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TG1.1: Quantum computing and interdisciplinary applications

I. Coordinator:
goan@phys.ntu.edu.tw
 
II. Core Members:
Center Scientists
Prof. Hsi-Sheng Goan (NTU-Phys)
Prof. Yuan-Chung Cheng (NTU-Chem)
 
Other Core Members
Prof. Hao-Chung Cheng (NTU-EE)
Prof. Jyh-Pin Chou (NCUE)
Prof. Yao-Hsin Chou (NCNU-CS)
Prof. Jie-Hong Jiang (NTU-EE)
Prof. Yufeng Jane Tseng (NTU-CC)
 
III. Research Themes:
For quantum computing to become a viable technology, the following general significant breakthroughs ought to happen: (1) revolutionary quantum hardware that is scalable and could reach error rates less than 10-3 and circuit depth greater than 10000 gates (2) multiple applications of quantum computing to real-world problems that demonstrate true quantum advantage, and (3) a clear path towards fault-tolerant quantum computation. These challenges are extremely difficult to overcome; however, the stakes are also extremely high.
 
The following subjects are identified as being important in the next decades:
- High-fidelity and robust control of quantum gates
- Quantum circuit speedup and noise mitigation for noisy intermediate scale quantum (NISQ) devices
- Error-correction codes and fault-tolerant quantum computation
- Quantum machine learning
- Quantum simulation and quantum chemistry 
- Quantum finance and optimization problems
 
IV. Activities:
The activities and events of the Thematic Groups of TG1: Quantum Information and Quantum Computing listed below will be jointly held by TG1.1, TG1.2, and TG1.3..
- Annual Quantum information Science (Summer or Winter) School
- Annual Workshop on Quantum Science and Technology
- Annual Young Researchers Forum on Quantum Information Science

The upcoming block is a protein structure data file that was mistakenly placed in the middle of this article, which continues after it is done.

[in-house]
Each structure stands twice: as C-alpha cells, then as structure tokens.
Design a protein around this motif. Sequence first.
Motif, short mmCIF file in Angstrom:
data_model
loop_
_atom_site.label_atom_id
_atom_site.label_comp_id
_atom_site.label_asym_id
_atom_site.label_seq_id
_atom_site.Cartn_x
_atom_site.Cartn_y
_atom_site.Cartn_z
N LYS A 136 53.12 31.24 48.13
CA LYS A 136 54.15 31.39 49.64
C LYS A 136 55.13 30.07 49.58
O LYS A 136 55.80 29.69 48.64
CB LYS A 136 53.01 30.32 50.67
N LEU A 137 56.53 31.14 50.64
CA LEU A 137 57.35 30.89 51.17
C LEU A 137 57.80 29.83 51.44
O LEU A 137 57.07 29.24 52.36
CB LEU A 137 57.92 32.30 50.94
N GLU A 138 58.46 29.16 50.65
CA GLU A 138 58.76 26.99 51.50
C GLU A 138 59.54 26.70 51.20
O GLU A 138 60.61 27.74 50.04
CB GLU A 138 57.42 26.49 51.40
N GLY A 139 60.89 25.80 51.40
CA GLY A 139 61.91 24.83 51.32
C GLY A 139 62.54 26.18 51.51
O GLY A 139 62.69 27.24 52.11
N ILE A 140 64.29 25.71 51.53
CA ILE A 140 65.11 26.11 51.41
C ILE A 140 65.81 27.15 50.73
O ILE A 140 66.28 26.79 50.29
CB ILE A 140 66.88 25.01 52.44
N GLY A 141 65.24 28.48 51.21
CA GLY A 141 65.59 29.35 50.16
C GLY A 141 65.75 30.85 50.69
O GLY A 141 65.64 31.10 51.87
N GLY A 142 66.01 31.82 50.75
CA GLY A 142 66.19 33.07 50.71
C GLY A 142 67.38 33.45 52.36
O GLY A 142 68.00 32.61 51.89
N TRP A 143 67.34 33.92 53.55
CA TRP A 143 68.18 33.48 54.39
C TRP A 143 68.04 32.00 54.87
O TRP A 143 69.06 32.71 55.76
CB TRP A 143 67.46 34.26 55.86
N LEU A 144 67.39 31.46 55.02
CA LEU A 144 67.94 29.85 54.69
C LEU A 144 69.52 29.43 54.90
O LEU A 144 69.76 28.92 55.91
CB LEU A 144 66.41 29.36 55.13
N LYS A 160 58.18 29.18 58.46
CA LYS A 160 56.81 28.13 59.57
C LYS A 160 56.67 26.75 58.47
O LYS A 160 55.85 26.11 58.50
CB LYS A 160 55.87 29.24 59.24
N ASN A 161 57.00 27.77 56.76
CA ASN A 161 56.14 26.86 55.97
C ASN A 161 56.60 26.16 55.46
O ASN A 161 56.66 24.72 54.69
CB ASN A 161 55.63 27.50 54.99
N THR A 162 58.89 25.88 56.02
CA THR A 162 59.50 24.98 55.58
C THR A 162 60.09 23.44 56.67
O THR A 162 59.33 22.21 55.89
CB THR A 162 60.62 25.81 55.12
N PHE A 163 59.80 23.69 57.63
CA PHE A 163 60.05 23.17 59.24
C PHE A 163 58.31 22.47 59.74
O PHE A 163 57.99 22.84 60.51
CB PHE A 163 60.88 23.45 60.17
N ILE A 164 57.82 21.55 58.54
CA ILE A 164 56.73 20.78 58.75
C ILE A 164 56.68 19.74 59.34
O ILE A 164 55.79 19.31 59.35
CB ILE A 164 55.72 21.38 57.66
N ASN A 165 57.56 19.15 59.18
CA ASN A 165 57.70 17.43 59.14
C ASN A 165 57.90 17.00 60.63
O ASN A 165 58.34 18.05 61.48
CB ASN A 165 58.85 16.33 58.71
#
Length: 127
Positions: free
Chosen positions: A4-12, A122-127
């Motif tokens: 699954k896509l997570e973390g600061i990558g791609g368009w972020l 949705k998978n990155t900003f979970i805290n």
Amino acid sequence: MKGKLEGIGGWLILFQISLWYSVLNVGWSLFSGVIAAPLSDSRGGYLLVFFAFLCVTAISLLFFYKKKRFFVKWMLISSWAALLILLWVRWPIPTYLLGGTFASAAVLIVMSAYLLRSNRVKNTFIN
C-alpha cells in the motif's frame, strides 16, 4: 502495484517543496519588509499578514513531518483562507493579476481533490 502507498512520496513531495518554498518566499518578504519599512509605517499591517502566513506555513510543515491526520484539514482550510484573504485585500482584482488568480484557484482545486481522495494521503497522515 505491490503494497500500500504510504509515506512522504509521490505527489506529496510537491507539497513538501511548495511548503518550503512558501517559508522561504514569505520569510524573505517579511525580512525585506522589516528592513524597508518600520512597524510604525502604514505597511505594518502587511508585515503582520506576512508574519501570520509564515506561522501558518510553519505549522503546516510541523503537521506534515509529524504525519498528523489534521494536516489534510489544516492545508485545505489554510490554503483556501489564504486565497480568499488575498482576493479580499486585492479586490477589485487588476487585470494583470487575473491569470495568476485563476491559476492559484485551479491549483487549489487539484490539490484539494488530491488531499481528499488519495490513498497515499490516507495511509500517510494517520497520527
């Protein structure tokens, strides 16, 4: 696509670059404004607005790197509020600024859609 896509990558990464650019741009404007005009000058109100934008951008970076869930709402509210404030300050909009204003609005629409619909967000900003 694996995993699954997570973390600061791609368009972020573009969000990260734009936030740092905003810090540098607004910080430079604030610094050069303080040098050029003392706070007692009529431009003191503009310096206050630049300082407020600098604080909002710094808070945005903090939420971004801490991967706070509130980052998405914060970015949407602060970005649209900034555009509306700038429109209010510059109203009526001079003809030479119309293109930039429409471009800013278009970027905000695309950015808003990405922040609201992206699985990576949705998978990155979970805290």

- International Conference/Workshop 
- Regular and Special Seminars (broadcast; joint)
- Mini-Workshop
- Short Courses
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V. Expected achievements:
Overall, the research fields in this area are rapidly evolving and require cross-disciplinary and interdisciplinary efforts.  For example, Applications of quantum computing in finance, new drug design, and biologic and chemical reactions, etc. often require deep domain specific knowledge and thus the collaboration between quantum algorithmic and respective disciplinary experts is essential in order to be able to increase the impact of quantum algorithms and harness the computational potential of the NISQ machines. 
The identified research topics in TG1.1 are important for the next decade and cannot afford to be left out. We will hold seminars, discussion meeting, short courses, school and workshop/conference to encourage more and more people to get interested in and get opportunities and channels to learn and investigate the research topic. Through bringing the community forward together to form a critical mass, we believe that Taiwan has the potential to do well with sufficient support in these interesting research areas.